The Central Region
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Travel the Jemez Mountain Trail Scenic and Historic Byway past the natural splendor of Santa Fe National Forest, charming villages, and the living pueblos of Zia, Santa Ana and Jemez. Then stop for the night at your bed and breakfast in Jemez Springs. This small community centers the bubbling waters of a natural hot springs. Soak in the peaceful public bathhouse and let your cares melt away. Ask your innkeeper about the numerous outdoor recreational opportunities, including fly fishing in the Jemez, and nearby attractions, including Fenton Lake State Park, Valle Grande, Los Alamos, Bandelier, and Jemez State Monument.
The "land of fire and ice" in northwest New Mexico beacons the adventurous traveler interested in less visited natural wonders and a rich heritage of cultural diversity. Take a Backcountry Scenic Byway to explore a Chain of (volcanic) Craters. Discover vistas of burnt lava rock and dormant volcanoes, as well as spectacular sandstone features in El Malpais National Monument and Conservation Area. Climb through a dark lava tube or into an ancient lava ice cave or look into the caldera of a dormant volcano. Hike historic and prehistoric trails in the Zuni Mountains of the Cibola National Forest to experience spectacular views of snow-capped Mt. Taylor or the "malpais" country. Examine the names, notes and marks of other travelers through history at El Morro National Monument. Follow the "Ancient Way Highway 53" portion of the new Native Heritage Trails Scenic Byway through Hispanic, Anglo, Mormon, Navajo, and Zuni communities. View spectacular traditional dances and customs, purchase world-renowned Native American arts, and experience a world in transition. Renew your soul and satisfy your wanderlust in the high-country "land of fire and ice."
Albuquerque & Surrounding Area
The largest city in New Mexico, Albuquerque still retains an old-world charm. Located in the center of the state, the city provides a gateway for travelers, especially those arriving into the international airport.
Known as the Heart of New Mexico, Albuquerque offers a taste of everything. Outdoor enthusiasts and nature lovers can take advantage of two miles of trails, departing from the Rio Grande Nature Center and traveling along the river. A state-of-the-art aquarium adjoins the Botanical Garden along the river's edge in the bosque, where the cottonwoods and red willows provide shade and shelter for wildlife in the center of town. The Sandia and Manzano mountains frame the city's east and southern boundaries.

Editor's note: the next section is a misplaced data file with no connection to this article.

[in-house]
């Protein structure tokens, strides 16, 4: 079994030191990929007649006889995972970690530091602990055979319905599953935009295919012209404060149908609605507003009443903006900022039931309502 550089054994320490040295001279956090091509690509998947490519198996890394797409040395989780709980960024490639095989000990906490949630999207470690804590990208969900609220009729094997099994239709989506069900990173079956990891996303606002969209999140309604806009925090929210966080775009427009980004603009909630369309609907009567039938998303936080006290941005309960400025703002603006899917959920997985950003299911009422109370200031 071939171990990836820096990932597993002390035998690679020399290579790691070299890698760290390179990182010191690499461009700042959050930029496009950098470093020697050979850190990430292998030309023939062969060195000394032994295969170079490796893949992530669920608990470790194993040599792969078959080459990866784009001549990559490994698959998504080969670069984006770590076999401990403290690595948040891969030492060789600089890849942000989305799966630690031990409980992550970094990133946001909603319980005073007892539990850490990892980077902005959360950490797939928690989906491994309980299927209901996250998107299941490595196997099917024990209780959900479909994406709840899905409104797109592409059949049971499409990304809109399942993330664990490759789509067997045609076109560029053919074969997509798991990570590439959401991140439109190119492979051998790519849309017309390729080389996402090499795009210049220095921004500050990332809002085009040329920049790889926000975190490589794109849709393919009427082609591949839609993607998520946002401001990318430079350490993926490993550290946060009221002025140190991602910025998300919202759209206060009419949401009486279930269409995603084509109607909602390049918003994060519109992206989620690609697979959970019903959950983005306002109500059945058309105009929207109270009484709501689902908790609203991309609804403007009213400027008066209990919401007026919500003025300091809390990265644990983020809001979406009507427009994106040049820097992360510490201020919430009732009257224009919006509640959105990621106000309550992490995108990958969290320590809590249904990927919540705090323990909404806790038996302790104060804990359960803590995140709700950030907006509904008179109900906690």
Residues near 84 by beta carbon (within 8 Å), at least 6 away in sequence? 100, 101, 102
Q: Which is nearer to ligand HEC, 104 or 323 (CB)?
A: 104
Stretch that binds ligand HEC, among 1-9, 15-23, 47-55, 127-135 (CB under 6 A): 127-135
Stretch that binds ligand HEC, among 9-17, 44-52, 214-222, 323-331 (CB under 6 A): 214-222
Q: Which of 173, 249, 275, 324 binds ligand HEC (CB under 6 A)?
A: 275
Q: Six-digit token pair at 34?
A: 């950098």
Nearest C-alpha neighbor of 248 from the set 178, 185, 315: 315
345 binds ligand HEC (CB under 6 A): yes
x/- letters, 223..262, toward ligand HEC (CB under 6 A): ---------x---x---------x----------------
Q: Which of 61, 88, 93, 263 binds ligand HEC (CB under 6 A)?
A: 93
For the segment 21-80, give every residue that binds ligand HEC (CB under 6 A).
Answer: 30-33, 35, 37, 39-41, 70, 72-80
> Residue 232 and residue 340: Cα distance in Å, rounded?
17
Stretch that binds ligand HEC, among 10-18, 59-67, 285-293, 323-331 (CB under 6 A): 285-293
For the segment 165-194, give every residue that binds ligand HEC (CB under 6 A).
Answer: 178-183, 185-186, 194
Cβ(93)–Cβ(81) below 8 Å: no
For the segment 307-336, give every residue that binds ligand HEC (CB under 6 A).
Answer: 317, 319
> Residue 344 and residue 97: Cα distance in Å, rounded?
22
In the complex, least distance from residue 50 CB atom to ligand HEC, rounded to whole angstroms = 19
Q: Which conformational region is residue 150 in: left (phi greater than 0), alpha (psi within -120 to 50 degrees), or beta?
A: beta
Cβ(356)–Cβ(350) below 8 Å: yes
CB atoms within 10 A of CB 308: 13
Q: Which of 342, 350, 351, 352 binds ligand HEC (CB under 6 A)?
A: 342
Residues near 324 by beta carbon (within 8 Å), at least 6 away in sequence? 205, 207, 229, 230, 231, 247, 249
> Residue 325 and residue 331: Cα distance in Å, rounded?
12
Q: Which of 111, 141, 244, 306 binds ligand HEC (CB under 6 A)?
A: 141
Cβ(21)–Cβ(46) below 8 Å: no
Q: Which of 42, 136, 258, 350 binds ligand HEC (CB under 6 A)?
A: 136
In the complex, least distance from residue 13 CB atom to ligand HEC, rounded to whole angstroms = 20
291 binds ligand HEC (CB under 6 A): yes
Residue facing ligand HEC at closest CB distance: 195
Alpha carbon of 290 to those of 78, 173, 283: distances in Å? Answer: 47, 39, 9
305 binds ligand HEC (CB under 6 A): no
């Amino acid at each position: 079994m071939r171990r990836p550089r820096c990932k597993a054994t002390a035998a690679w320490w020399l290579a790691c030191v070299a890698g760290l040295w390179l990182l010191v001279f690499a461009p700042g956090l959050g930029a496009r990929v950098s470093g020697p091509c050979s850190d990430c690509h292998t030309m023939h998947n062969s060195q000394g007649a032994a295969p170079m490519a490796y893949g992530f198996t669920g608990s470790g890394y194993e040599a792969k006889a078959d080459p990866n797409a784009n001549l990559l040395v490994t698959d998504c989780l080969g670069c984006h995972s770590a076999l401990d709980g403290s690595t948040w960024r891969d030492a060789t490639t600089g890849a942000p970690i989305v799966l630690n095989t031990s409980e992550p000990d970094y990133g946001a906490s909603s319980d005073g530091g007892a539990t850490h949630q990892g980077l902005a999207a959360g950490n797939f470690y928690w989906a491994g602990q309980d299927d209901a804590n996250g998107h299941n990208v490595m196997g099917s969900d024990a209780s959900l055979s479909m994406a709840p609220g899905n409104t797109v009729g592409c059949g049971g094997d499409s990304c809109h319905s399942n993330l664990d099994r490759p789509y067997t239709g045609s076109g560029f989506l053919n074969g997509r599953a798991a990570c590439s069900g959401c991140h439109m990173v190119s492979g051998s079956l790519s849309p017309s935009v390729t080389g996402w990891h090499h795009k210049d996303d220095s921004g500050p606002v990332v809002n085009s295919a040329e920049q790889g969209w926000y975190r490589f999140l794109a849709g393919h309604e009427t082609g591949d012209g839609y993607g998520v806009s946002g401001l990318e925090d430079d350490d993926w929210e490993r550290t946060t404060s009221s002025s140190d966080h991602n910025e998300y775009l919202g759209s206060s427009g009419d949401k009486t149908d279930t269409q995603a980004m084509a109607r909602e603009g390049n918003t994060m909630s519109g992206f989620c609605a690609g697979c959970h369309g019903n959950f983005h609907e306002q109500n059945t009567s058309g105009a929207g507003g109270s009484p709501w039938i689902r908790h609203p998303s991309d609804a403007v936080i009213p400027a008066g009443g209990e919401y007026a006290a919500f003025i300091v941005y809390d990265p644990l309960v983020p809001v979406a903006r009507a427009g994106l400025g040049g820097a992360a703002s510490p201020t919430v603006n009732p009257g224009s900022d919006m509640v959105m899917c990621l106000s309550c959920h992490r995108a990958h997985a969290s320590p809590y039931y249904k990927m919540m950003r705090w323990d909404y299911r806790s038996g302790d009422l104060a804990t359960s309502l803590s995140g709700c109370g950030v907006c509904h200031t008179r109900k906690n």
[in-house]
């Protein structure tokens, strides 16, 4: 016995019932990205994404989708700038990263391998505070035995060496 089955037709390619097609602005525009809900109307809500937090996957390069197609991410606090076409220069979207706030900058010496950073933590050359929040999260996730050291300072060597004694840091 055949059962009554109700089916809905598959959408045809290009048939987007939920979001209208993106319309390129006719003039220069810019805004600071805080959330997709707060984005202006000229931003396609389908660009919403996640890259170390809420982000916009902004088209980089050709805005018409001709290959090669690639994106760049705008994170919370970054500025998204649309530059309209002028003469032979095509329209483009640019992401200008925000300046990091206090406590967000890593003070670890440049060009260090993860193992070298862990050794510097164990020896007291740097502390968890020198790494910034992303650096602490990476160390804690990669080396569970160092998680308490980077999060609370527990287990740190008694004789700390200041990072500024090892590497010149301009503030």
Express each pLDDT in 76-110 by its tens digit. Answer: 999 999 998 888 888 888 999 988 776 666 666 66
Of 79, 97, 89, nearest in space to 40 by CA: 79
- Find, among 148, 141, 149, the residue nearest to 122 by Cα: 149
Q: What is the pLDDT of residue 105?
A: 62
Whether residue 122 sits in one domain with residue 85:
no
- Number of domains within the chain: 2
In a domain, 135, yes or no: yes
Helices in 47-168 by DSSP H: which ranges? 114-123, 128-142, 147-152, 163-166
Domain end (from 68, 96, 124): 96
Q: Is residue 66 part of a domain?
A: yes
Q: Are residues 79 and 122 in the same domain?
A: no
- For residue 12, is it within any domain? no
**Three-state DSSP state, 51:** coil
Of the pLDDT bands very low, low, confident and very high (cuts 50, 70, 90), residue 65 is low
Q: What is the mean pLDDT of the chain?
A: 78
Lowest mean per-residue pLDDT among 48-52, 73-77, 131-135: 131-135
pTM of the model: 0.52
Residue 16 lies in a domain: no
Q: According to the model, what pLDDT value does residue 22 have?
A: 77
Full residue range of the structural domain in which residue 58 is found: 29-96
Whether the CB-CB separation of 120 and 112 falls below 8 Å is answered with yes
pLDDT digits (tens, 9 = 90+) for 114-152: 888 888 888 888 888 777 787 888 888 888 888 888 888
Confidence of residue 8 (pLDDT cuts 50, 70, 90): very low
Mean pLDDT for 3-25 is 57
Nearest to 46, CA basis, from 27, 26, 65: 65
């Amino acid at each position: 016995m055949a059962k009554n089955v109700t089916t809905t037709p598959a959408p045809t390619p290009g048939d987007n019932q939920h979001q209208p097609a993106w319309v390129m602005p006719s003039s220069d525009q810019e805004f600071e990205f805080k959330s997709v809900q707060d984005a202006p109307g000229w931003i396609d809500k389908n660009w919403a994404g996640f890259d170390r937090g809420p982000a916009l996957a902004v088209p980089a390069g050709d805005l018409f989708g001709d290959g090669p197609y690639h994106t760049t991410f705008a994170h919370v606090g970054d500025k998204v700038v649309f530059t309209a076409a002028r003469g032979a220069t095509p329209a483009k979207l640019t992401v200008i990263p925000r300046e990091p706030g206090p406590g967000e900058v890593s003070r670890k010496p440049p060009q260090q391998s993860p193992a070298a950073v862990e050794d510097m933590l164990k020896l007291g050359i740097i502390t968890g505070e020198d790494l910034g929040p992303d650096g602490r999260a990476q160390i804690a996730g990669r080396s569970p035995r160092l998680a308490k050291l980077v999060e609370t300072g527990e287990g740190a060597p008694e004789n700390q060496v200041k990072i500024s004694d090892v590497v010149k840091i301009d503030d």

Sip a drink al fresco at the Old Town Plaza. Take the world's longest, single-span, aerial tramway up to Sandia Peak for an 11,000-square-mile panorama. Travel down Old Route 66 with a stop at historic Kimo Theatre. View more than 1,000 hot air balloons at the Albuquerque International Balloon Fiesta each fall. Want to know how to access hiking trails, when to view wildlife on the bosque, or the best way to do the Balloon Fiesta? Ask your bed and breakfast innkeeper, of course!
The Church of San Felipe de Neri overlooks the central place of Old Town Albuquerque, where visitors rest before exploring the 130 shops, galleries and restaurants on the narrow back streets.
Explore 4.6 billion years of history at the New Mexico Museum of Natural History and Science. Then see the contemporary and traditional history and art exhibitions at the nearby Albuquerque Museum. Your bed and breakfast innkeeper will explain why you should save time for Explora!, the science center and children's museum.
Your innkeeper might advise you to view the 15,000 petroglyphs at Petroglyph National Monument in the late afternoon or early morning, and to take the ranger-guided tours. Another must-see is the Indian Pueblo Cultural Center, owned and operated by the 19 pueblo tribes of New Mexico. Just 60 miles west of Albuquerque is the Pueblo of Acoma. Located on a 365-foot mesa, the "Sky City" is the oldest continuously inhabited city in the United States.
Take the Turquoise Trail Scenic Byway and travel through the mountains from Cedar Crest north to Santa Fe through the mining towns of Golden, Madrid, and Cerrillos, now alive with arts, museums, and restaurants.
Corrales, an historic town on the Rio Grande, has attracted artists and writers who want to live in he country with access to city amenities. Shops, galleries, and restaurants, often housed in historic and colorful adobe buildings, abound for visitors to enjoy. Beautiful San Ysidro Church, built in the 1860s, is on the National Register of Historic Places. Casa San Ysidro is an authentic Spanish rancho, restored and open to the public. Nearby historic and scenic attractions include the Riverside Nature Preserve and the Sandia Pueblo.
For a rural setting with town access, Algodones (Spanish for "cotton") is ideally situated between Albuquerque and Santa Fe. This small Hispanic village was a stop on the Camino Real, the "royal road" of the Spanish Empire. Algodones retains its historic Spanish character. Local residents grow alfalfa and garden crops and worship at the mission Church of San Jose. Your innkeeper can show you how to take an easy drive to Coronado State Monument.